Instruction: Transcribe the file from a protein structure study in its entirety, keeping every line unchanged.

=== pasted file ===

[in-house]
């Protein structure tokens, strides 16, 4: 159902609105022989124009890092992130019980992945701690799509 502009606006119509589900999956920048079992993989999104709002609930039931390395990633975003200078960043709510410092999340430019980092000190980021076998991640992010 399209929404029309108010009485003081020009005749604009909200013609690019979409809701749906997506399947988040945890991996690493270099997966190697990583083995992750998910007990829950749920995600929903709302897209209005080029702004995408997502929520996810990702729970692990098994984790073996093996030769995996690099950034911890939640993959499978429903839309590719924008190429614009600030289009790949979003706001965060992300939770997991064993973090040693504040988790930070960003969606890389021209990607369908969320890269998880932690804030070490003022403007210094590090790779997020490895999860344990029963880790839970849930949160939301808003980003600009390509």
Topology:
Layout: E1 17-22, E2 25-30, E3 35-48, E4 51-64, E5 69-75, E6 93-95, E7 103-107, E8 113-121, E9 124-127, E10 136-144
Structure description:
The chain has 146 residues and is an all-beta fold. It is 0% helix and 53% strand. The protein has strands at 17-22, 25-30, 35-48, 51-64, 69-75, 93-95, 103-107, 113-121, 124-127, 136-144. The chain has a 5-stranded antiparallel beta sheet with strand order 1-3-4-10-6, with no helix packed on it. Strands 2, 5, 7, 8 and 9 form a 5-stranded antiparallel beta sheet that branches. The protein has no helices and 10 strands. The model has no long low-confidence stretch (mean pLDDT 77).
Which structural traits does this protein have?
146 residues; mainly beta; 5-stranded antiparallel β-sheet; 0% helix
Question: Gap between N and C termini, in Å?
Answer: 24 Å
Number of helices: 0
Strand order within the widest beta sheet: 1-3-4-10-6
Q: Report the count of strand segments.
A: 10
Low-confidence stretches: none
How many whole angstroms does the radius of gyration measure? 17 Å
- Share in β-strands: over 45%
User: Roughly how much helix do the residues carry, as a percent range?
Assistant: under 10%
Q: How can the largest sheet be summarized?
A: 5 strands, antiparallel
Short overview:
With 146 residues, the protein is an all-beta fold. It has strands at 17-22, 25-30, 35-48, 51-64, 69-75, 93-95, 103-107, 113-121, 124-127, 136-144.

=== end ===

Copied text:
[in-house]
């Protein structure tokens, strides 16, 4: 159902609105022989124009890092992130019980992945701690799509 502009606006119509589900999956920048079992993989999104709002609930039931390395990633975003200078960043709510410092999340430019980092000190980021076998991640992010 399209929404029309108010009485003081020009005749604009909200013609690019979409809701749906997506399947988040945890991996690493270099997966190697990583083995992750998910007990829950749920995600929903709302897209209005080029702004995408997502929520996810990702729970692990098994984790073996093996030769995996690099950034911890939640993959499978429903839309590719924008190429614009600030289009790949979003706001965060992300939770997991064993973090040693504040988790930070960003969606890389021209990607369908969320890269998880932690804030070490003022403007210094590090790779997020490895999860344990029963880790839970849930949160939301808003980003600009390509």
Topology:
Layout: E1 17-22, E2 25-30, E3 35-48, E4 51-64, E5 69-75, E6 93-95, E7 103-107, E8 113-121, E9 124-127, E10 136-144
Structure description:
The chain has 146 residues and is an all-beta fold. It is 0% helix and 53% strand. The protein has strands at 17-22, 25-30, 35-48, 51-64, 69-75, 93-95, 103-107, 113-121, 124-127, 136-144. The chain has a 5-stranded antiparallel beta sheet with strand order 1-3-4-10-6, with no helix packed on it. Strands 2, 5, 7, 8 and 9 form a 5-stranded antiparallel beta sheet that branches. The protein has no helices and 10 strands. The model has no long low-confidence stretch (mean pLDDT 77).
Which structural traits does this protein have?
146 residues; mainly beta; 5-stranded antiparallel β-sheet; 0% helix
Question: Gap between N and C termini, in Å?
Answer: 24 Å
Number of helices: 0
Strand order within the widest beta sheet: 1-3-4-10-6
Q: Report the count of strand segments.
A: 10
Low-confidence stretches: none
How many whole angstroms does the radius of gyration measure? 17 Å
- Share in β-strands: over 45%
User: Roughly how much helix do the residues carry, as a percent range?
Assistant: under 10%
Q: How can the largest sheet be summarized?
A: 5 strands, antiparallel
Short overview:
With 146 residues, the protein is an all-beta fold. It has strands at 17-22, 25-30, 35-48, 51-64, 69-75, 93-95, 103-107, 113-121, 124-127, 136-144.